Scotland’s Crown Office issued a clarification yesterday denying that Celtic goalkeeper Artur Boruc received a caution for making the sign of the cross during an Old Firm game in February.
The Crown had announced last Friday that the Polish Catholic footballer would be cautioned and receive a criminal record for “gesticulating at and incensing the crowd at a football match,” constituting a “breach of the peace.” Boruc was chastised for making three gestures, according to the Crown Office, including a “V” for victory sign, an obscene gesture toward Rangers fans and the sign of the cross.
Catholic Church officials and politicians raised an outcry over the Crown’s inclusion of Boruc’s religious gesture in the caution. The Sunday Herald reported that the Catholic Church demanded a clarification from the Crown Office on “whether or not it deems the sign of the cross to be an offensive action which is the equivalent of gratuitous hand gestures.”
Ruth Kelly, Secretary of State for Communities and Local Government, and a Catholic, criticized the Crown’s decision, saying, “I am surprised because this has traditionally been a country which has valued religious diversity and cultural and racial diversity as well and where there has been freedom of expression,” the Belfast Telegraph reported.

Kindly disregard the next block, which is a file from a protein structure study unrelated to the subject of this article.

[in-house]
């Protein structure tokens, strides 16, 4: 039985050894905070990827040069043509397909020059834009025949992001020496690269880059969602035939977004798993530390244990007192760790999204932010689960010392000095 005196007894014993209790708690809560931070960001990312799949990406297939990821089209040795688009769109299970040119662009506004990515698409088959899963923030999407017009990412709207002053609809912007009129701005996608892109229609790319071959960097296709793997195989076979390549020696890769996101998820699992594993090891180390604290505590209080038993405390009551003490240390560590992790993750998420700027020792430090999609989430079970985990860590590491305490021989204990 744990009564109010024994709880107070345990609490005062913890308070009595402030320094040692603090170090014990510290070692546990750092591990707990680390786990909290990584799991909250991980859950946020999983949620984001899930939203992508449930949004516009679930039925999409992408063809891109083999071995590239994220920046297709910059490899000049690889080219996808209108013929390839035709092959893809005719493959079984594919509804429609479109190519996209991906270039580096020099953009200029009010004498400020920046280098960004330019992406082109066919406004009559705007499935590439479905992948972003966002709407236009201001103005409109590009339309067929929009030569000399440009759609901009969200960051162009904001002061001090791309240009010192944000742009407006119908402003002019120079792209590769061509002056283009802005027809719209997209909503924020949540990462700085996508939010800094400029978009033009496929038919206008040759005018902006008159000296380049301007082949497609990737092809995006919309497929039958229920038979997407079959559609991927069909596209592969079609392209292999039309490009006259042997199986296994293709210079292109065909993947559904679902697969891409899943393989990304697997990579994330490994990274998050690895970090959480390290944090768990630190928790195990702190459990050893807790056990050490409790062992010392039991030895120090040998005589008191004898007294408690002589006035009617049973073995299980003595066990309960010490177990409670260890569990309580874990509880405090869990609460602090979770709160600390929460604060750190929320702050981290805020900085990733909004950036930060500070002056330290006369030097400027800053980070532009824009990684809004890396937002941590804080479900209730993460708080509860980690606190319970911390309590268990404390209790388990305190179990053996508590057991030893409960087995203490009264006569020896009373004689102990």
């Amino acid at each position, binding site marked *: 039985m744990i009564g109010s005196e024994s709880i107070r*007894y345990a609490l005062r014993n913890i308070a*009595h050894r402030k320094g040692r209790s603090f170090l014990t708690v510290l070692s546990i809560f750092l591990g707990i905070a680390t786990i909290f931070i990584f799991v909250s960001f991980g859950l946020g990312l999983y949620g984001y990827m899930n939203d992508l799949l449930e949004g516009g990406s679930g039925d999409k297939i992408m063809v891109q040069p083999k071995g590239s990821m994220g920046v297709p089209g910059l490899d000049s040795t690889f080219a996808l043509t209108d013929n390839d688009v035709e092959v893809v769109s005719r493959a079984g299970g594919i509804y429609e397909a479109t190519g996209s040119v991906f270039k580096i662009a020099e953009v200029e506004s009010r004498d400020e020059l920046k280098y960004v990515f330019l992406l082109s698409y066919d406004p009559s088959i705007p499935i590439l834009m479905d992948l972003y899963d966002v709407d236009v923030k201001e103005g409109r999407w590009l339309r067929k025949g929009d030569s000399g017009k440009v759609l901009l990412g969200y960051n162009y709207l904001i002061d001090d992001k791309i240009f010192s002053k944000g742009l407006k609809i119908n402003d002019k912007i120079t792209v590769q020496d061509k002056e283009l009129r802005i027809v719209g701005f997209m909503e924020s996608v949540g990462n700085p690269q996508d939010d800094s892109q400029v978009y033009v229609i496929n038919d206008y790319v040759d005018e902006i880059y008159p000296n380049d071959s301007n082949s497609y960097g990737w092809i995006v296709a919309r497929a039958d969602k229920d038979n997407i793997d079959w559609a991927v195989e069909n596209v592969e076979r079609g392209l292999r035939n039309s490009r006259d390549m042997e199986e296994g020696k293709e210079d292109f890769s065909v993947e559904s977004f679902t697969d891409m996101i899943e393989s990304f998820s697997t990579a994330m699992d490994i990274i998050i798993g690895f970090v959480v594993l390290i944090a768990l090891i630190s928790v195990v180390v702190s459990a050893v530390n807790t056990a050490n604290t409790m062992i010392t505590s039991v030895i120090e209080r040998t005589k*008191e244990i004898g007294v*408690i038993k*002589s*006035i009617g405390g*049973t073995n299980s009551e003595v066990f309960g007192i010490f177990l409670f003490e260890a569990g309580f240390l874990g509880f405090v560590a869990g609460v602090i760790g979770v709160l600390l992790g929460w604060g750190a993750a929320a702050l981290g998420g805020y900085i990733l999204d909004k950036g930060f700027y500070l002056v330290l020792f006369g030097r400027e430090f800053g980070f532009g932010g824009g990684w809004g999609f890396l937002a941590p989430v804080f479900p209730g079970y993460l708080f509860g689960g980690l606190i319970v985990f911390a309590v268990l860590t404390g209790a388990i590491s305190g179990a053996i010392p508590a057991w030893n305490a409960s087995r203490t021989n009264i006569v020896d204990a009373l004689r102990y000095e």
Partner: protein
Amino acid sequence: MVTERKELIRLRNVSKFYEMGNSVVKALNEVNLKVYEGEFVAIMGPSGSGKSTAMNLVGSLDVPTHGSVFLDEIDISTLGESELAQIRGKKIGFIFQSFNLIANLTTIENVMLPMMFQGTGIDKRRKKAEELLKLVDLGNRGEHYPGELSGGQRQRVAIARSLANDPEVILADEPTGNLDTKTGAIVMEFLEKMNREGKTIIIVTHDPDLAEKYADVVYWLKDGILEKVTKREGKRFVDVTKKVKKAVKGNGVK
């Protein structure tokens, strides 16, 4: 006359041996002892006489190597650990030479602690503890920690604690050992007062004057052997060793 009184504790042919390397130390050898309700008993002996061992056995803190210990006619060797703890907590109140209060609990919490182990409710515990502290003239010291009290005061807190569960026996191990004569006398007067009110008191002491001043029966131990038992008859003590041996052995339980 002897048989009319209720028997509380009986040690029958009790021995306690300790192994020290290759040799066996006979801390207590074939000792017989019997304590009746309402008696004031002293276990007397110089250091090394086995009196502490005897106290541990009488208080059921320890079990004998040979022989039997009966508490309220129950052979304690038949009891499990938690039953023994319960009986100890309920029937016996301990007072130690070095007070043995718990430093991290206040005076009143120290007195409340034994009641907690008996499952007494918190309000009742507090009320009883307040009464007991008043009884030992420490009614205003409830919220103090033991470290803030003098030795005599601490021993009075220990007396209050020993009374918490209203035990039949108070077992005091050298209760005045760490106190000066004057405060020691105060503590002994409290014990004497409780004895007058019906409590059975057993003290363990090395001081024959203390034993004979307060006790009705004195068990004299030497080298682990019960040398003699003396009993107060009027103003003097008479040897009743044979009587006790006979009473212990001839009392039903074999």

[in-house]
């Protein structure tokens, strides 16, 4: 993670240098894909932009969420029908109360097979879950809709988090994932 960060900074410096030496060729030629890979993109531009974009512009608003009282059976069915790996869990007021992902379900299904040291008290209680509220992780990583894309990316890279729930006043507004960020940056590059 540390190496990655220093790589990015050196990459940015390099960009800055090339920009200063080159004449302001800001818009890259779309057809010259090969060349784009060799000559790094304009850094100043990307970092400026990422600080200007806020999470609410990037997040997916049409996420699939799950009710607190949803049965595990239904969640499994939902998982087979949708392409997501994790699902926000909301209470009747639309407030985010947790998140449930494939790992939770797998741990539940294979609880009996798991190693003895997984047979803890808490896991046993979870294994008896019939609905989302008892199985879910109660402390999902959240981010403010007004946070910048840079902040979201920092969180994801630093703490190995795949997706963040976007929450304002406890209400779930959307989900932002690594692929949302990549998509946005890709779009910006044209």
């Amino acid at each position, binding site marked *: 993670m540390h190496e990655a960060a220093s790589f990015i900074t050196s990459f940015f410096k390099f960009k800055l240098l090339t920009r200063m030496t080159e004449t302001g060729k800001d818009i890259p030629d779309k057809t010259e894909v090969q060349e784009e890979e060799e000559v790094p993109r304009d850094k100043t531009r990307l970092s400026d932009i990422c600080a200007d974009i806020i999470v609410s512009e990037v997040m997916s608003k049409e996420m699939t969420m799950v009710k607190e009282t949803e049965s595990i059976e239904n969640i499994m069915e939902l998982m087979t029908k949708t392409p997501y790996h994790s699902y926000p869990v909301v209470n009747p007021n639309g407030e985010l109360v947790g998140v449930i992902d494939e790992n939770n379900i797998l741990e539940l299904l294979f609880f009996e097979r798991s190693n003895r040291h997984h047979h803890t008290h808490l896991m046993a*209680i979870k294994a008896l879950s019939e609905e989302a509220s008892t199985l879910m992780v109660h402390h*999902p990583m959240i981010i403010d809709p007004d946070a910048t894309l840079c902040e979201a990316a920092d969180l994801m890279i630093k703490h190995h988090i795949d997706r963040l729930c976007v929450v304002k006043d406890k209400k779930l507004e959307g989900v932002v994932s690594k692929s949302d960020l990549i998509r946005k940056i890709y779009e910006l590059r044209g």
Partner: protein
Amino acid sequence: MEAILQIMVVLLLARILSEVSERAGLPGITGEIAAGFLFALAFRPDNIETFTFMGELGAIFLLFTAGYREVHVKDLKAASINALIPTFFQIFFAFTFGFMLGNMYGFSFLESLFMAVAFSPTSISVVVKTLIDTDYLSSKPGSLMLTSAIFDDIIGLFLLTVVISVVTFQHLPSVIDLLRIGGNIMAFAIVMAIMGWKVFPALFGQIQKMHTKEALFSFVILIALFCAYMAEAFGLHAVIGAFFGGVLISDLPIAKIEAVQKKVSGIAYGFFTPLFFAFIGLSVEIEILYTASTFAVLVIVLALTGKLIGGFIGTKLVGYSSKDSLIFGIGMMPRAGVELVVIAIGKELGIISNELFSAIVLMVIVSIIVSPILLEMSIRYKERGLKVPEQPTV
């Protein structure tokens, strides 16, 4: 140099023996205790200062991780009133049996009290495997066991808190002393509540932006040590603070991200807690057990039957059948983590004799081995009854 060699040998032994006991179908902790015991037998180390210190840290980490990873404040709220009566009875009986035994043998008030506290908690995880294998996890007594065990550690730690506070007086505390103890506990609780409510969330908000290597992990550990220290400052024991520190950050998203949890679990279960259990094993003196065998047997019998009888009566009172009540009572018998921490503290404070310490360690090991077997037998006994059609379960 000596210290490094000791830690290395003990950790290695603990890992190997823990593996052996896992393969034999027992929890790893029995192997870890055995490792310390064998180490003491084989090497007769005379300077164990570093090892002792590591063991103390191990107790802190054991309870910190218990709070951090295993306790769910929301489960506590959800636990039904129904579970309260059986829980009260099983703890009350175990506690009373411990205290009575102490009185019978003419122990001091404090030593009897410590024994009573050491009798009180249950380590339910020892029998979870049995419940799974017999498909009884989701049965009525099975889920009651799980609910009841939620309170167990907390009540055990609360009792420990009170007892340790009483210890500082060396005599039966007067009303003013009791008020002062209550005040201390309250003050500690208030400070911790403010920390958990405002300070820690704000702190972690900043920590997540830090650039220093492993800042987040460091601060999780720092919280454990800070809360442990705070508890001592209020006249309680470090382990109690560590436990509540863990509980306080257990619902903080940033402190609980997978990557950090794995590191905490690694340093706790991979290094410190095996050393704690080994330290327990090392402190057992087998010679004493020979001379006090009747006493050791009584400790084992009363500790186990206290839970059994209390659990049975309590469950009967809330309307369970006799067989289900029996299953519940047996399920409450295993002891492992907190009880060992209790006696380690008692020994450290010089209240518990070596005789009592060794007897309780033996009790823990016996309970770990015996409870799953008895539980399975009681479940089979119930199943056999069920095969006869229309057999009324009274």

In response to the widespread condemnation generated by the decision, the Crown issued a statement yesterday, saying:
“We would wish to make it absolutely clear that the prosecution service in Scotland fully respects religious belief and practices and would not countenance formal action against individuals for acts of religious observance, but would equally make clear that the police and prosecutors cannot ignore conduct which appears to be inciting disorder.”
Catholic Bishop Joseph Devine, speaking for the Bishops’ Conference of Scotland, praised the Crown’s clarification, saying, “The statement, that they fully respect religious beliefs and practices and would not countenance formal action against individuals for acts of religious observance, is welcome and reassuring,” the Daily Record reported.
Deep-seated rivalry between Glasgow football clubs reflects long-held religious divisions, with the Rangers traditionally associated with Protestant supporters and the Celtic club with Catholics. Official efforts to reduce tension and end hostility, and outbreaks of violence, between the two sides have met with mixed success, according to the Telegraph.
(This article courtesy of LifeSiteNews.com.)